ES: We have interaction in many different levels. We have interactions with the schools, the school systems, the coaches, the athletic directors, etc. in our activities. But probably the most visible thing we have interaction with them about is on our state tournaments and state championships, which we have 23 of throughout the year. We obviously have interaction with the teams participating and schools participating. 

But we also do other things, like student leadership conferences. We do things like student-athlete scholar awards and things like that, so we have interaction on a lot of different levels. Depending on the sport and the season, it can certainly take on a different nature at different times of the year. 

PB: How does the MPSSAA determine which sites get to be the host venues for all the state tournament championships? 

ES: We try to host our state championships in the best possible facilities there are in the state. We want to give our students the opportunity to participate and compete for a state championship at the best possible facility in the state for whatever sport it may be. Obviously, football is in a professional venue [M&T Bank Stadium], and basketball is at Xfinity Center. They're certainly the best facilities. In other sports, we try do the same, whether they are track and field, volleyball, field hockey or any other sport. We try to put them in the best possible facility for the experience of those youngsters, because this is the state championship, this is our state and they should have that opportunity. 

PB: What future initiatives is the MPSSAA looking into to continue enhancing and growing high school athletics around the state?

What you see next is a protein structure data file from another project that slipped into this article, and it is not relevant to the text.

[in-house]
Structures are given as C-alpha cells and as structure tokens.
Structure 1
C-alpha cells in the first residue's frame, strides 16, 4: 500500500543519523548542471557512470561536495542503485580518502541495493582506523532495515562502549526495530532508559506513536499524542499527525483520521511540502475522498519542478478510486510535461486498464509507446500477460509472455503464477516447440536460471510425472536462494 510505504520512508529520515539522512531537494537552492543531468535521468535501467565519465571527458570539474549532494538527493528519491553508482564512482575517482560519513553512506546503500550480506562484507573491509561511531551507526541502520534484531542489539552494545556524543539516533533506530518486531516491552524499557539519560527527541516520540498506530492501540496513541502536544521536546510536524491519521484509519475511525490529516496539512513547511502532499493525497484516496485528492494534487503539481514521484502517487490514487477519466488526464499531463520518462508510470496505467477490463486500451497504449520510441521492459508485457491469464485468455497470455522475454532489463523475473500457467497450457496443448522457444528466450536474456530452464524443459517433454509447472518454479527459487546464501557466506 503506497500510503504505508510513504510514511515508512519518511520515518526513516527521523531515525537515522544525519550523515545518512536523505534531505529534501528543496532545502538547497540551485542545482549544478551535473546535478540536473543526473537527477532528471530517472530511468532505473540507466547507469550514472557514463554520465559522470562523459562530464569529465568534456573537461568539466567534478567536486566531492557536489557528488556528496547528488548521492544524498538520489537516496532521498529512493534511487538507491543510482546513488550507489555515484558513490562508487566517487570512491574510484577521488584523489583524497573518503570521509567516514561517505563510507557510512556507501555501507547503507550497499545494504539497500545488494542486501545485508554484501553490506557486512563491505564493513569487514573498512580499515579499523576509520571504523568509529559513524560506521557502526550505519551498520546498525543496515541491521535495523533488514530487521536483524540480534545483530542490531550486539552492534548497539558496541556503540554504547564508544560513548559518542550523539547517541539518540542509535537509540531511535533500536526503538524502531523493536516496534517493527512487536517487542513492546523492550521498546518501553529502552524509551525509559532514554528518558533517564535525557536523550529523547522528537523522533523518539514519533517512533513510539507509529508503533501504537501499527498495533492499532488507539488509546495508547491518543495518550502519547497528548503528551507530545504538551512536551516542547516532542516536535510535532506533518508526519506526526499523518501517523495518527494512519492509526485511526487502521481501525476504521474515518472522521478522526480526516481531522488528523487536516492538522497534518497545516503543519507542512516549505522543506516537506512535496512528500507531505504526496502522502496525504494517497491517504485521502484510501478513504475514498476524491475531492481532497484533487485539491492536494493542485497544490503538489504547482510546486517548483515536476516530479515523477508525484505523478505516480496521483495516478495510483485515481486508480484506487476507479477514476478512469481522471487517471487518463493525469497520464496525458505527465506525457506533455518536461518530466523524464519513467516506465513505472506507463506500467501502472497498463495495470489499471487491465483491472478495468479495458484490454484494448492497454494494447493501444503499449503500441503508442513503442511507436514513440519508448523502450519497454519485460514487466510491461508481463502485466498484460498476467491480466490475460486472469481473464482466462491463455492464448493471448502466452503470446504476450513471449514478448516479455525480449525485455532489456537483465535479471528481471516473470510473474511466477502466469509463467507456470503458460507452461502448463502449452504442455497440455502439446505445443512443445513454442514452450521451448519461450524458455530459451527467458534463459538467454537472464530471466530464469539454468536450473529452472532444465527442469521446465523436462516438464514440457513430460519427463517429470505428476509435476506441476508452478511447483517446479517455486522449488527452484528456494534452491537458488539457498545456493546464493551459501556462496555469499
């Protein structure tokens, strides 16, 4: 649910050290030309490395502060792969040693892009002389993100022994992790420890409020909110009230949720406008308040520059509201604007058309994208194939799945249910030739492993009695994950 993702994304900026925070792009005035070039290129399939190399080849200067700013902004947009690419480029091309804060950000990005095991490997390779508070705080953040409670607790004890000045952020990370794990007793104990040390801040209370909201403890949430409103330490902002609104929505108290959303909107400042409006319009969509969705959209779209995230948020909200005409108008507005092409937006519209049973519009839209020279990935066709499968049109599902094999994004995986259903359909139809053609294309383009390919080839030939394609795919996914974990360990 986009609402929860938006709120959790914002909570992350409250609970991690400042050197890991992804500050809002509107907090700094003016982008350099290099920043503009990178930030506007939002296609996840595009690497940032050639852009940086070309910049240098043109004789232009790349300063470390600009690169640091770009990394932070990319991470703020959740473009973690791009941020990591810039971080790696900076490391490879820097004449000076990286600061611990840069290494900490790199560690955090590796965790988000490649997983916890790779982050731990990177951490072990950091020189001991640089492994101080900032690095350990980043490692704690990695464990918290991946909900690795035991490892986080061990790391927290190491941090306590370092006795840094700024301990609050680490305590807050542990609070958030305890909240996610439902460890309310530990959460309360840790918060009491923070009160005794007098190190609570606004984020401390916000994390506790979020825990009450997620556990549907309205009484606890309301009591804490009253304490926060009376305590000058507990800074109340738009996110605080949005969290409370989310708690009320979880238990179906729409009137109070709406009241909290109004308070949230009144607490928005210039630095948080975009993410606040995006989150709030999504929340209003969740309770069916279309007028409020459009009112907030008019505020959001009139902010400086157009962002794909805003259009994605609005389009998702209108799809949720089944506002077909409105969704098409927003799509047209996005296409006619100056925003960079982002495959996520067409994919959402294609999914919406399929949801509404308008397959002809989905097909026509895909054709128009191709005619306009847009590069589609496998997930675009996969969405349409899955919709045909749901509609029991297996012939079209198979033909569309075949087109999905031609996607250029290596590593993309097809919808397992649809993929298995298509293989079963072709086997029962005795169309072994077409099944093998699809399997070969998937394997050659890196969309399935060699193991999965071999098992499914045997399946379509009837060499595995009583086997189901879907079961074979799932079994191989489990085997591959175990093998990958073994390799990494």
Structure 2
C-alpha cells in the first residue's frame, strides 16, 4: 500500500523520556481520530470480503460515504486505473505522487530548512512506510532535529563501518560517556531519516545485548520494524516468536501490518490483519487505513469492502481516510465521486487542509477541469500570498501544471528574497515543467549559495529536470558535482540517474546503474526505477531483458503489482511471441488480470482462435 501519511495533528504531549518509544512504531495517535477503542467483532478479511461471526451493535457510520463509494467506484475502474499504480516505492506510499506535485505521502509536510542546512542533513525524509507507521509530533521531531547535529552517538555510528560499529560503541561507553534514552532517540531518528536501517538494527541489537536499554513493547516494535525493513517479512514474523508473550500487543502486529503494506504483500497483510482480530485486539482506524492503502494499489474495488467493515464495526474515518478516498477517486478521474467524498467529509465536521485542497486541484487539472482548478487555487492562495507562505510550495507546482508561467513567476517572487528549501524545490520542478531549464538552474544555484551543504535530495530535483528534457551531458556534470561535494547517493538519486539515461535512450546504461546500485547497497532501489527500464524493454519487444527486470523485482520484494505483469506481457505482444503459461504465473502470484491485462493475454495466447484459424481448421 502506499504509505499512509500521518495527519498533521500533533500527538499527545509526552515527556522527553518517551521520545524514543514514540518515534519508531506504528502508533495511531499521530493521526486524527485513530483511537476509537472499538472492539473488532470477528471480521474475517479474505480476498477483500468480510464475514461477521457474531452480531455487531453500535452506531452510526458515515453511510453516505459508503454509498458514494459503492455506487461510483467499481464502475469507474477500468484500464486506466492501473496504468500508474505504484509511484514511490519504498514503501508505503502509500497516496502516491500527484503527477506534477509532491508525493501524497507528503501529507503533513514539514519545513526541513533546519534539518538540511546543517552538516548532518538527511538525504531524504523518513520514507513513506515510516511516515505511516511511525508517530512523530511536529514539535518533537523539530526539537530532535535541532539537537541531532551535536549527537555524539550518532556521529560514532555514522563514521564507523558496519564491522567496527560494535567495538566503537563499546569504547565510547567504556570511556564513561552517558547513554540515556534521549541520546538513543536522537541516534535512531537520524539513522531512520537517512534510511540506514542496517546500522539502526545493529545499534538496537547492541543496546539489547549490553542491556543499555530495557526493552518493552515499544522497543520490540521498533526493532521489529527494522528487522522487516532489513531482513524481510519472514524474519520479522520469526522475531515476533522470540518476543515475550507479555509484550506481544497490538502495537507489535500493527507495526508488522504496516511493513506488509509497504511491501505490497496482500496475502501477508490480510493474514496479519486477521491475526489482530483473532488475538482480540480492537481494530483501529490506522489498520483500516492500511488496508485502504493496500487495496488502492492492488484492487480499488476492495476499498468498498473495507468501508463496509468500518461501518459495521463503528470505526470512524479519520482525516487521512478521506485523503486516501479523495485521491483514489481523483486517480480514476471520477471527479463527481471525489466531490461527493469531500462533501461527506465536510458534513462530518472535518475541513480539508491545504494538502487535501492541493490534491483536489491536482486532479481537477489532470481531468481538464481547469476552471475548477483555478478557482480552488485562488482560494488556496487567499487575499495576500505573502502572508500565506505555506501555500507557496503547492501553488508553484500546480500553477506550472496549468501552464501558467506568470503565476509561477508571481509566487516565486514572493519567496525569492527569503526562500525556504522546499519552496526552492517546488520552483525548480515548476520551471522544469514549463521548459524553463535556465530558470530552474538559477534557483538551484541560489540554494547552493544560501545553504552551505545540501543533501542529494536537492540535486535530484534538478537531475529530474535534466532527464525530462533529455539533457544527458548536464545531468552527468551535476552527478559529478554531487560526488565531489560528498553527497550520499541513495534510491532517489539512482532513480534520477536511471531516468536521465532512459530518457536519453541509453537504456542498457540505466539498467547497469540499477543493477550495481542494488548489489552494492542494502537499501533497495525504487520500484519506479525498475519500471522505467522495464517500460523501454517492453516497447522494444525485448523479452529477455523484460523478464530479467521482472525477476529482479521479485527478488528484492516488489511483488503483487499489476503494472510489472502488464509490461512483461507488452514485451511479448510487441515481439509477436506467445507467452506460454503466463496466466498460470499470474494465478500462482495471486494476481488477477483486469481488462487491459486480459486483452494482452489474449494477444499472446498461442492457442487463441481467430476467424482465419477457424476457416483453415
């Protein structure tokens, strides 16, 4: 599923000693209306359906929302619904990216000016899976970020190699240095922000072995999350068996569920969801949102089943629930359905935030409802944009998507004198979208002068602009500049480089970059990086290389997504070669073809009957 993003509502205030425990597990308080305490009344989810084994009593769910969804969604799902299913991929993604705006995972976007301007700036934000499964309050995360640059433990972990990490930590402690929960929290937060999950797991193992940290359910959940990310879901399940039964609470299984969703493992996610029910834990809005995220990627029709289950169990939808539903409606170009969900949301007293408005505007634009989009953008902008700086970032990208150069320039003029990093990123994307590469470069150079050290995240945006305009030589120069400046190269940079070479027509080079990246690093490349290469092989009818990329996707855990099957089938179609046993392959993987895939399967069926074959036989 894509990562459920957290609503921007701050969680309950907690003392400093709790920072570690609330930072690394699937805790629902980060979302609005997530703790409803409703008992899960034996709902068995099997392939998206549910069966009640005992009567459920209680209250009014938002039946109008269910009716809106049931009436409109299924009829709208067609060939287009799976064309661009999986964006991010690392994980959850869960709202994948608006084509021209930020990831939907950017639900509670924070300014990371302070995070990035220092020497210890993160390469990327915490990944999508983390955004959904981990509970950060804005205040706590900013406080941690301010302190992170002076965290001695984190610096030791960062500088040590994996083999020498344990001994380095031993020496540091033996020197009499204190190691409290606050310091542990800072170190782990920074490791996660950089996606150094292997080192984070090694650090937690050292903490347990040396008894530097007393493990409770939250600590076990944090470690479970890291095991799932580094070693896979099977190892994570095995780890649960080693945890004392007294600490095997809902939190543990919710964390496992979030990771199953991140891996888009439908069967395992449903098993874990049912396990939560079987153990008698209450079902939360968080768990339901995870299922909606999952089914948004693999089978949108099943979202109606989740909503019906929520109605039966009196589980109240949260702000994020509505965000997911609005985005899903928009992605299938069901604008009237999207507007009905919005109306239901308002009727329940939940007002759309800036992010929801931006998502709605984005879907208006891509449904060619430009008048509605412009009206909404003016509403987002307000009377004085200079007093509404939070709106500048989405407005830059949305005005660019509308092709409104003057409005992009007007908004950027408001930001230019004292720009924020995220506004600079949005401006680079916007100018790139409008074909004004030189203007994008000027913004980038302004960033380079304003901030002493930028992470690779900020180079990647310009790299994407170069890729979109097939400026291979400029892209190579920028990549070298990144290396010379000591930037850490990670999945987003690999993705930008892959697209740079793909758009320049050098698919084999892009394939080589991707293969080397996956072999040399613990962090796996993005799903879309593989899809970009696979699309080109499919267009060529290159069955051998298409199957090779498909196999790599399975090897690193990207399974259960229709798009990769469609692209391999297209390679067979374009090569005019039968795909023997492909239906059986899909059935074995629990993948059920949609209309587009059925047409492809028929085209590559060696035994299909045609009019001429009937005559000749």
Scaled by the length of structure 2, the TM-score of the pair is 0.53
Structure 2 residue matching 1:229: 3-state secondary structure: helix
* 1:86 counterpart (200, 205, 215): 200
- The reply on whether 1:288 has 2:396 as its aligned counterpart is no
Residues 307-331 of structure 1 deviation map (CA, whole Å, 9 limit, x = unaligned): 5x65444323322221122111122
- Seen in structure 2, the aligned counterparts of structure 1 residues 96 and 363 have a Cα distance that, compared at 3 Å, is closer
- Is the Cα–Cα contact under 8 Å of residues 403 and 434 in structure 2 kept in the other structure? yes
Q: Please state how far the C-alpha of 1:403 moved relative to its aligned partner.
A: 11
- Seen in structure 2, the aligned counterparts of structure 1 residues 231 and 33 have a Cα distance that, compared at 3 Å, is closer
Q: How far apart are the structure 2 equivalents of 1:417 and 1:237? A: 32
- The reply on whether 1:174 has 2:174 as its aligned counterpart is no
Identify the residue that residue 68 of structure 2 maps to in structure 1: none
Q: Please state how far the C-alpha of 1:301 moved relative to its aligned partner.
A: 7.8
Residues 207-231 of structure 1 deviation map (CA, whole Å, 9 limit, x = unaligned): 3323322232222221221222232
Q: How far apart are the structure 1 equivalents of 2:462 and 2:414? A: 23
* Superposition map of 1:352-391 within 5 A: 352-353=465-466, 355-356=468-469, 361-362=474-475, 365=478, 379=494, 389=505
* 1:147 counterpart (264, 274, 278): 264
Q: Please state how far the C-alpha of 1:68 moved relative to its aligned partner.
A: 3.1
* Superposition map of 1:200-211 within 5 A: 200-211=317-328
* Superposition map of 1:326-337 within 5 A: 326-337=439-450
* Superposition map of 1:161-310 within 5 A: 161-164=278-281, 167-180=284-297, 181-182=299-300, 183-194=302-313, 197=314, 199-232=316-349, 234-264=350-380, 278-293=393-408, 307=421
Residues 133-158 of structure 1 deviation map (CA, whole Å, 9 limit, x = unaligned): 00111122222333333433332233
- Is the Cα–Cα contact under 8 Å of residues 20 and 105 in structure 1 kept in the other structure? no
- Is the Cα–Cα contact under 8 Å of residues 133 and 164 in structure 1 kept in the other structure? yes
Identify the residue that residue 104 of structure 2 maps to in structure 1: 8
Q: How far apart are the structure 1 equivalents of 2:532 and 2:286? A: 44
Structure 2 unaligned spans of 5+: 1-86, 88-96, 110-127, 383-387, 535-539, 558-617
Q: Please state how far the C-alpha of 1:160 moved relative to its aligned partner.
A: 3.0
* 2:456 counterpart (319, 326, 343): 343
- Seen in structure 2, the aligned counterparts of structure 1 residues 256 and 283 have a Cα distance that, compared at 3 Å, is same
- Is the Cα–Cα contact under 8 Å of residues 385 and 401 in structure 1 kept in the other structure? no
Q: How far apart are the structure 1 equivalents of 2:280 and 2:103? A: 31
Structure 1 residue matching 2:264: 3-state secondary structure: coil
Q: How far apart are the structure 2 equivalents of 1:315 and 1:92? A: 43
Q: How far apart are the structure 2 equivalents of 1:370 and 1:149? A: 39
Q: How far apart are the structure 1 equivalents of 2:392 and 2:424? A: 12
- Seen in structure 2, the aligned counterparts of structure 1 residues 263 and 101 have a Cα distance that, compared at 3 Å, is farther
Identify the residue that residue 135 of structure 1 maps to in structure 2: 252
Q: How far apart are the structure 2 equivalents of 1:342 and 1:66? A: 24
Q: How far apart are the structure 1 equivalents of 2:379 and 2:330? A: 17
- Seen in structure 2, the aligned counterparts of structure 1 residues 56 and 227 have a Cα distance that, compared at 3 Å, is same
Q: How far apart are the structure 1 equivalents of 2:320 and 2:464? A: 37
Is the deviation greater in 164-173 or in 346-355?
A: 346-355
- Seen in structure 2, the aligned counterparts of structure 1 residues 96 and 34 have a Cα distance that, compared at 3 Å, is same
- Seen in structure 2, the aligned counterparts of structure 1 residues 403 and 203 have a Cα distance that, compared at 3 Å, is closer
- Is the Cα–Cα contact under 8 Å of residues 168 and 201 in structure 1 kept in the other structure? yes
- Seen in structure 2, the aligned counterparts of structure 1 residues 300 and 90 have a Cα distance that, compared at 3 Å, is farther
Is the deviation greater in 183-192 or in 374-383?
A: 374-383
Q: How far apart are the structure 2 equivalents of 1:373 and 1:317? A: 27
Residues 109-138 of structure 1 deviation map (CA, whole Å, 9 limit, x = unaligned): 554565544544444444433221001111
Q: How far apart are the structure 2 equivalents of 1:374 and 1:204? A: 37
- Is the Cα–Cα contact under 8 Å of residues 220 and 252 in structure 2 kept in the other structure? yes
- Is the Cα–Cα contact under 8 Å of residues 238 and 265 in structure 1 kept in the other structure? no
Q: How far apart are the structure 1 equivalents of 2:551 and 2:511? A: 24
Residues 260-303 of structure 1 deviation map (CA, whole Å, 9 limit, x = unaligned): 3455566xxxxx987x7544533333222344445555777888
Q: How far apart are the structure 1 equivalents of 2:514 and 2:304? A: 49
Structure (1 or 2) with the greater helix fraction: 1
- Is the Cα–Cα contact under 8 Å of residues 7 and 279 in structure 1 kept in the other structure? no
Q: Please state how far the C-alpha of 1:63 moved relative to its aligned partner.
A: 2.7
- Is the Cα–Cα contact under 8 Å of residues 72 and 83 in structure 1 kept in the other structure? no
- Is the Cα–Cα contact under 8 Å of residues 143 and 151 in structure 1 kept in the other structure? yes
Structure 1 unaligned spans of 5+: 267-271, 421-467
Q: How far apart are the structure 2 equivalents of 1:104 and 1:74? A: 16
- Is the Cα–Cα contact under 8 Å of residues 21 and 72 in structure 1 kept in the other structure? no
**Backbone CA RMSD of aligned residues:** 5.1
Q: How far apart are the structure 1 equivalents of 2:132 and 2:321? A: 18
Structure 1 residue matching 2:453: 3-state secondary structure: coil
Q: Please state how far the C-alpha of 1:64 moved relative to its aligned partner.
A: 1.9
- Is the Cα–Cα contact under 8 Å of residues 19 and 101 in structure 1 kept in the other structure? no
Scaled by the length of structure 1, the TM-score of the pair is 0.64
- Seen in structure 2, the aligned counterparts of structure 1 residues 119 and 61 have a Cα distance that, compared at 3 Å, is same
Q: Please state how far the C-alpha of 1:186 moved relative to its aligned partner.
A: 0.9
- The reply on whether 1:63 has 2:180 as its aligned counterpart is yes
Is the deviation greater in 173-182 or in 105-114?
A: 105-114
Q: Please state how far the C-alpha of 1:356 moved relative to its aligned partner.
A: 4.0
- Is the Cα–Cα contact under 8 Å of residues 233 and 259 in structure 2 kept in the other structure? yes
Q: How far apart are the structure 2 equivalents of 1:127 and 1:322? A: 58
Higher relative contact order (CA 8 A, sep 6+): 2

ES: There are always challenges. Technology is certainly coming in, and we are happy to have all of our state championships on demand on video streaming across the state. We're happy with that. We think that there are some things we can do for our students off the field a little bit with some leadership opportunities that we can provide for them. Obviously, the nature of sport is changing, to some degree. Some of the sports are taking on a different nature and sort of flare than they did as the years have gone by. We're always trying to be adapted to those changes and trying to be as responsive as we can to what our students want. 

PB: What does it mean to you to be able to help lay the foundation for so many athletes to go on and enjoy successful lives as adults following their athletic careers? 

ES: We really consider what we do, coupled with the opportunity that students have in high school, as valuing education. They are learning really valuable skills that they will hopefully carry over into adult life and as productive citizens. There are very, very few -- and I think it is probably less than 1 percent -- students who go on to become professional athletes. But 100 percent of them are going to go on to be adults. 

We hope that those adults have learned some of the values that they get through participating in interscholastic sports, like all those things about teamwork, hard work, learning to get along with people, playing under a set of rules and playing within a set of rules. Hopefully, they can take those same lessons that they learn and transfer them into lessons and habits as productive adults. We're part of the citizen formation at the school level through their participation in sports. 

Issue 206: February 2015